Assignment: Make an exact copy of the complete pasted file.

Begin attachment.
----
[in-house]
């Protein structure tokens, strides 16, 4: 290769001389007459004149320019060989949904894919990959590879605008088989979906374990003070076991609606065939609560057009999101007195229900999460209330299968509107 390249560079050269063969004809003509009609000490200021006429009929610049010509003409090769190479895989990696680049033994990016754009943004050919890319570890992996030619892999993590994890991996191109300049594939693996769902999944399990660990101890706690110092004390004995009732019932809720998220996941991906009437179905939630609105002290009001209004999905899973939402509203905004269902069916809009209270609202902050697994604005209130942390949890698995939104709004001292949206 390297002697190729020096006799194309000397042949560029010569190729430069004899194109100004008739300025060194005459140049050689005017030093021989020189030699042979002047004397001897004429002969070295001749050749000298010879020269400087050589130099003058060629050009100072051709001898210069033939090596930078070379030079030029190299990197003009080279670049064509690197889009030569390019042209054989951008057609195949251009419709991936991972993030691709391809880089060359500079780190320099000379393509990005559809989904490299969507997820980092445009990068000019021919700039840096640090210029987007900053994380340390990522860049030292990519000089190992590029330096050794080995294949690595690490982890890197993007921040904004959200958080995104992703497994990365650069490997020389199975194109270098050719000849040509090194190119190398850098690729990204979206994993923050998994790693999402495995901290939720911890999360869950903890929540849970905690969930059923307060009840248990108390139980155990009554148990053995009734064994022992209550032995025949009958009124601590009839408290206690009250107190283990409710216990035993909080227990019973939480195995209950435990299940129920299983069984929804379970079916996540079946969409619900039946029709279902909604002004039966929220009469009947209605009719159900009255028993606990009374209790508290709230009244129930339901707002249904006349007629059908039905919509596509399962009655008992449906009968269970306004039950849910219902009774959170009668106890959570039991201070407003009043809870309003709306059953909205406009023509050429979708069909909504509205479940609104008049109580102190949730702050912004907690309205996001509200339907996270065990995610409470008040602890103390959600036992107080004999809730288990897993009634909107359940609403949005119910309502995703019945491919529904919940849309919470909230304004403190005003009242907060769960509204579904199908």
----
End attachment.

[in-house]
């Protein structure tokens, strides 16, 4: 290769001389007459004149320019060989949904894919990959590879605008088989979906374990003070076991609606065939609560057009999101007195229900999460209330299968509107 390249560079050269063969004809003509009609000490200021006429009929610049010509003409090769190479895989990696680049033994990016754009943004050919890319570890992996030619892999993590994890991996191109300049594939693996769902999944399990660990101890706690110092004390004995009732019932809720998220996941991906009437179905939630609105002290009001209004999905899973939402509203905004269902069916809009209270609202902050697994604005209130942390949890698995939104709004001292949206 390297002697190729020096006799194309000397042949560029010569190729430069004899194109100004008739300025060194005459140049050689005017030093021989020189030699042979002047004397001897004429002969070295001749050749000298010879020269400087050589130099003058060629050009100072051709001898210069033939090596930078070379030079030029190299990197003009080279670049064509690197889009030569390019042209054989951008057609195949251009419709991936991972993030691709391809880089060359500079780190320099000379393509990005559809989904490299969507997820980092445009990068000019021919700039840096640090210029987007900053994380340390990522860049030292990519000089190992590029330096050794080995294949690595690490982890890197993007921040904004959200958080995104992703497994990365650069490997020389199975194109270098050719000849040509090194190119190398850098690729990204979206994993923050998994790693999402495995901290939720911890999360869950903890929540849970905690969930059923307060009840248990108390139980155990009554148990053995009734064994022992209550032995025949009958009124601590009839408290206690009250107190283990409710216990035993909080227990019973939480195995209950435990299940129920299983069984929804379970079916996540079946969409619900039946029709279902909604002004039966929220009469009947209605009719159900009255028993606990009374209790508290709230009244129930339901707002249904006349007629059908039905919509596509399962009655008992449906009968269970306004039950849910219902009774959170009668106890959570039991201070407003009043809870309003709306059953909205406009023509050429979708069909909504509205479940609104008049109580102190949730702050912004907690309205996001509200339907996270065990995610409470008040602890103390959600036992107080004999809730288990897993009634909107359940609403949005119910309502995703019945491919529904919940849309919470909230304004403190005003009242907060769960509204579904199908």